The Arizona and Colorado Legislatures are open, and while it is very early in the process, there are already several bills of interest to employers. Following is a brief summary.
HB18-1001 would create the Family and Medical Leave Insurance (FAMLI) program in the Department of Labor and Employment to provide partial wage-replacement benefits to eligible individuals who take leave from work to care for a new child, a family member with a serious health condition, or the employee’s own serious health condition. The bill would be funded by a premium on employee wages.
HB18-1030 would prohibit an employer from requiring any person, as a condition of employment, to become or remain a member of a labor organization or to pay dues, fees, or other assessments to a labor organization or related organization. Any agreement that violates these prohibitions or the rights of an employee would be void.
HB18-1033 would allow an employee to take leave to vote, register to vote, obtain a ballot or replacement ballot, or obtain documents or identification necessary to vote or register. For a general, primary, or coordinated election, the bill would allow an employee to take the leave on any day that polling locations are open. For all other elections, the bill would allow the employee to take the leave on any day during the eight days prior to—including the day of—the election. An employer could deny a request for leave if the employee had three consecutive non-work hours during the hours the employee was entitled to take the leave. Currently, an employee may take leave for a period of time to vote in an election on the day of the election.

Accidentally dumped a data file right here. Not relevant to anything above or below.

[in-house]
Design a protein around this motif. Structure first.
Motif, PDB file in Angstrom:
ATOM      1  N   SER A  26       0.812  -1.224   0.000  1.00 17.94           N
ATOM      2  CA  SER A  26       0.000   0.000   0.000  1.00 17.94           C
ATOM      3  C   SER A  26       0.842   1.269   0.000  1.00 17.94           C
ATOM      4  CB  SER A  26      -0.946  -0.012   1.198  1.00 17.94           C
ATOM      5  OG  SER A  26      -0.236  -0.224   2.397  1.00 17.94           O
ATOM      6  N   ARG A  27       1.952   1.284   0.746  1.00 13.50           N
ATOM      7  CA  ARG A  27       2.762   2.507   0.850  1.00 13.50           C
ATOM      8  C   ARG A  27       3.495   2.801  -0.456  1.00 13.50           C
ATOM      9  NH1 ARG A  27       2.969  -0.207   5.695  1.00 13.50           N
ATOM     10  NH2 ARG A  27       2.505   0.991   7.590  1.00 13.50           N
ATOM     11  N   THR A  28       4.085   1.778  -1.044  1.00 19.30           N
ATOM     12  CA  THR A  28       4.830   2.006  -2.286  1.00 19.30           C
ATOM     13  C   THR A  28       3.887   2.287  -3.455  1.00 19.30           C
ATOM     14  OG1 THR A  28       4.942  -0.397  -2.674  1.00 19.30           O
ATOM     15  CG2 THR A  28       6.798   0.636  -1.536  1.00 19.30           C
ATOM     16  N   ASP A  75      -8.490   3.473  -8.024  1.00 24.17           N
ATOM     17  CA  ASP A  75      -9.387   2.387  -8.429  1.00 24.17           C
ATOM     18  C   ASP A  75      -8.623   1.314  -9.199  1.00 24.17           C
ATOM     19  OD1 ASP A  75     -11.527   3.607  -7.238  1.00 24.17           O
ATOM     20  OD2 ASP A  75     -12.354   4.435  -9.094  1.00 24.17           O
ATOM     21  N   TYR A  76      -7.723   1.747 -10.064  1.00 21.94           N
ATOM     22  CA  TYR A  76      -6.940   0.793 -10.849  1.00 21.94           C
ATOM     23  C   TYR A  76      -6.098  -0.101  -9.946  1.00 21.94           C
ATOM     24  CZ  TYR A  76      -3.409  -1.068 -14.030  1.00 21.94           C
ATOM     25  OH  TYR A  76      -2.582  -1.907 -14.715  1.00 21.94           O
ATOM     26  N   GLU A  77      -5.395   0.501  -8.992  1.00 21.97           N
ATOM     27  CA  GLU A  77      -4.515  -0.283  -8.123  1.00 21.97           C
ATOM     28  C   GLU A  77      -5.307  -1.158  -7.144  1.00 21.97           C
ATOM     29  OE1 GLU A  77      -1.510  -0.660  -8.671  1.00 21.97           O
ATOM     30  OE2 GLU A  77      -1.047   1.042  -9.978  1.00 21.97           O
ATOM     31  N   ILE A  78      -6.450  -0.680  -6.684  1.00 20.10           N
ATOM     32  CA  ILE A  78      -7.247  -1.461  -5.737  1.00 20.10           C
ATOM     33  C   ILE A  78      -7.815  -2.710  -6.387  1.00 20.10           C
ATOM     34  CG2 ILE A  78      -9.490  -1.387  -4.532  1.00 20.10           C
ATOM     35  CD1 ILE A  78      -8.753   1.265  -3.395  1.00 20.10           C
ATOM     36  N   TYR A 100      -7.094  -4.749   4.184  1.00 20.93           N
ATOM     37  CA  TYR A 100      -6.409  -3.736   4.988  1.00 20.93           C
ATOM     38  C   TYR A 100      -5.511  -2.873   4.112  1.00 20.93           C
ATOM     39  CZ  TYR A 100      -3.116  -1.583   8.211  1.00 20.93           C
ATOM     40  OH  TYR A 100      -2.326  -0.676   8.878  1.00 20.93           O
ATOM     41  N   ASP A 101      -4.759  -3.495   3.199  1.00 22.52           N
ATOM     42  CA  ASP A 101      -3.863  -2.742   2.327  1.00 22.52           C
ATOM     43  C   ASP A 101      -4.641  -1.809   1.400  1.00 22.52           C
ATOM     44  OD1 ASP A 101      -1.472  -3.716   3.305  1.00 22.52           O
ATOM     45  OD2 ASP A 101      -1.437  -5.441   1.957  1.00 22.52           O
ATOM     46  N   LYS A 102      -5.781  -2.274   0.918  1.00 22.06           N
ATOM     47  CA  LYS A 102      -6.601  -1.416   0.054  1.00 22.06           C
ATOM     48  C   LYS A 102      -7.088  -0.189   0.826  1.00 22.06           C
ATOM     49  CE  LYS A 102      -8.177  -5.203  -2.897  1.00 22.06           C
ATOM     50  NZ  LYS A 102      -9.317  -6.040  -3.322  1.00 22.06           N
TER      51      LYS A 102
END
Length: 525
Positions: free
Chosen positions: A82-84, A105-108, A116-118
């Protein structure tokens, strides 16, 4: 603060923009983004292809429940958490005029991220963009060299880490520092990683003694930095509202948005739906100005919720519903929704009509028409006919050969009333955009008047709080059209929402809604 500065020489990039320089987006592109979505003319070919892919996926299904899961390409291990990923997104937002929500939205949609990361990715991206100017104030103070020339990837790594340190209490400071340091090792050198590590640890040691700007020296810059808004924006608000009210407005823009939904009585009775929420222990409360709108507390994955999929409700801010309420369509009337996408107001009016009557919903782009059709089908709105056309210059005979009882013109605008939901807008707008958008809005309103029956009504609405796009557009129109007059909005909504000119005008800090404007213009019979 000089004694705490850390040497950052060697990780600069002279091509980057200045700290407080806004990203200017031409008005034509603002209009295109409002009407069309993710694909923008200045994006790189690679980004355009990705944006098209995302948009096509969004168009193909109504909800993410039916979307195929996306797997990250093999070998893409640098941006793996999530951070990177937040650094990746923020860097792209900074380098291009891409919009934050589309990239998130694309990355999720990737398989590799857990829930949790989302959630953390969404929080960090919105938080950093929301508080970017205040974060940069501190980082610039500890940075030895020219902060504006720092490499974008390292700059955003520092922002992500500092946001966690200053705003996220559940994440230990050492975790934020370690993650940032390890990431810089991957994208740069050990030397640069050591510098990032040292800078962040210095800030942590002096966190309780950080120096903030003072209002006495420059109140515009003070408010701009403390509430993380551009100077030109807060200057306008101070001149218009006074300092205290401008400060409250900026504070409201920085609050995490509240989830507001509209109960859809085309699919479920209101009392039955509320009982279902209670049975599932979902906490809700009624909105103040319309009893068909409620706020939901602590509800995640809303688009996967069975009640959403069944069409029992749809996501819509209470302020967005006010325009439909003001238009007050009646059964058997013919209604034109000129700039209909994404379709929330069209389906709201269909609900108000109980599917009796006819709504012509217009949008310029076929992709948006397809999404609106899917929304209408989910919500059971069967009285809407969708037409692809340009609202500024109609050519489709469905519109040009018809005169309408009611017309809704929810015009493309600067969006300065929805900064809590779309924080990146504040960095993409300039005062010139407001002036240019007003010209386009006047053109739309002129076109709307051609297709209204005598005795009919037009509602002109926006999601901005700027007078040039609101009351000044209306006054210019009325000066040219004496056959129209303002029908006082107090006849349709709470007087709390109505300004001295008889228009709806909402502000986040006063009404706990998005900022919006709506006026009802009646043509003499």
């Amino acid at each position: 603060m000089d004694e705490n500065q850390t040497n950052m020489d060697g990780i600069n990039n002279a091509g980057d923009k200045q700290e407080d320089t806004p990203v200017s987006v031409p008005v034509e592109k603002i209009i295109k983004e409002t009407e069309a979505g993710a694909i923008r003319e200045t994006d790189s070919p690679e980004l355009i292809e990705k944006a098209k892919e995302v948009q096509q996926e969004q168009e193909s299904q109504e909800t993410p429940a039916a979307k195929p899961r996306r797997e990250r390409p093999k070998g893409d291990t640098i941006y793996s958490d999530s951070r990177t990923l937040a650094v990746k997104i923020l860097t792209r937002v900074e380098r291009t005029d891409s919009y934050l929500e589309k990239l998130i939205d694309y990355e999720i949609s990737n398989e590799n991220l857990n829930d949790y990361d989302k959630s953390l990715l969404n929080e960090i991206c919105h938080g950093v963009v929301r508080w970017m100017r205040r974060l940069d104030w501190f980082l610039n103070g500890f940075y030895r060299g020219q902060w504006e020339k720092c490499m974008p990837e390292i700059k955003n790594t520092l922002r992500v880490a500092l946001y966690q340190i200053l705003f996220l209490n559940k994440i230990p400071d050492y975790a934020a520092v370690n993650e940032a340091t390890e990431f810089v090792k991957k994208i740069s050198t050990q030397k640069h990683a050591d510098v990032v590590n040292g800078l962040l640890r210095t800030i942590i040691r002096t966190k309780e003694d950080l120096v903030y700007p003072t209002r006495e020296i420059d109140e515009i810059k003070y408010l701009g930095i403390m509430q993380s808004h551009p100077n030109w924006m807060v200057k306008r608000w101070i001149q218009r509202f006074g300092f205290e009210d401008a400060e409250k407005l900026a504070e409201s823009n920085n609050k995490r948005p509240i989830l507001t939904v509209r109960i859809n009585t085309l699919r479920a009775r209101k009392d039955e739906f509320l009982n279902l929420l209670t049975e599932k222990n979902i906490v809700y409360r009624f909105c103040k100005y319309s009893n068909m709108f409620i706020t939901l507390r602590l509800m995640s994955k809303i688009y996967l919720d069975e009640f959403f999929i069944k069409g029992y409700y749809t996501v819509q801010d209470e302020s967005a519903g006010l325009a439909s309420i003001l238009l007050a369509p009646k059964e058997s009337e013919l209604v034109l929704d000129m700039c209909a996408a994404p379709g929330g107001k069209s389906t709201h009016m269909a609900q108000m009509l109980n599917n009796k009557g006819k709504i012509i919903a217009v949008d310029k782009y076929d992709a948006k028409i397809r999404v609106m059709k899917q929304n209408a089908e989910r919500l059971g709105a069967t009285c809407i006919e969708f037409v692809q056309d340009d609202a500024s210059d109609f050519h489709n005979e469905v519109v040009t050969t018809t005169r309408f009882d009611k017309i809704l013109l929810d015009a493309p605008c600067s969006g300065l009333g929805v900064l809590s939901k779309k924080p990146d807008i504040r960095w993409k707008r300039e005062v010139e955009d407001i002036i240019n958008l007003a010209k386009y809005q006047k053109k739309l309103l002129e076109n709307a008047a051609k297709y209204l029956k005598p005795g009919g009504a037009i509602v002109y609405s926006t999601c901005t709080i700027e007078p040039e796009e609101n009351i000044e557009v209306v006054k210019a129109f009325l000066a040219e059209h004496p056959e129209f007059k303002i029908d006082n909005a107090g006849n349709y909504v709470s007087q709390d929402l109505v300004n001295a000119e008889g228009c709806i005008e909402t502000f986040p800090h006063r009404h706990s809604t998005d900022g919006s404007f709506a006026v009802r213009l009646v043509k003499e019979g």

SB18-044 would allow private employers to give preference to veterans when hiring, promoting, and retaining employees as long as the veterans are equally as qualified as other individuals. The bill clarifies that employers who adopt a program that gives preferences to veterans are not committing a discriminatory or unfair labor practice.
HB 2009 would create workforce training and housing subsidies for unemployed/displaced workers until 2028.
HB 2020 would make void and unenforceable any confidentiality agreement that restricts the disclosure of factual information related to sexual assault or sexual harassment, including factual information that is related to an allegation of attempted sexual assault or sexual harassment.
HB 2077 would establish a public-employee labor board and set rules for collective bargaining.
HB 2224 would make it unlawful for an employer to screen a prospective employee based on the prospective employee’s previous wage or salary history, including benefits or other compensation. It would also make it illegal to retaliate against any employee or prospective employee for opposing or testifying about violations of the statute, should it become law. Similarly, HB 2353 would make it illegal for a state agency head to ask an applicant to provide the applicant’s wage history.
Employers Council will continue to follow bills of interest to members.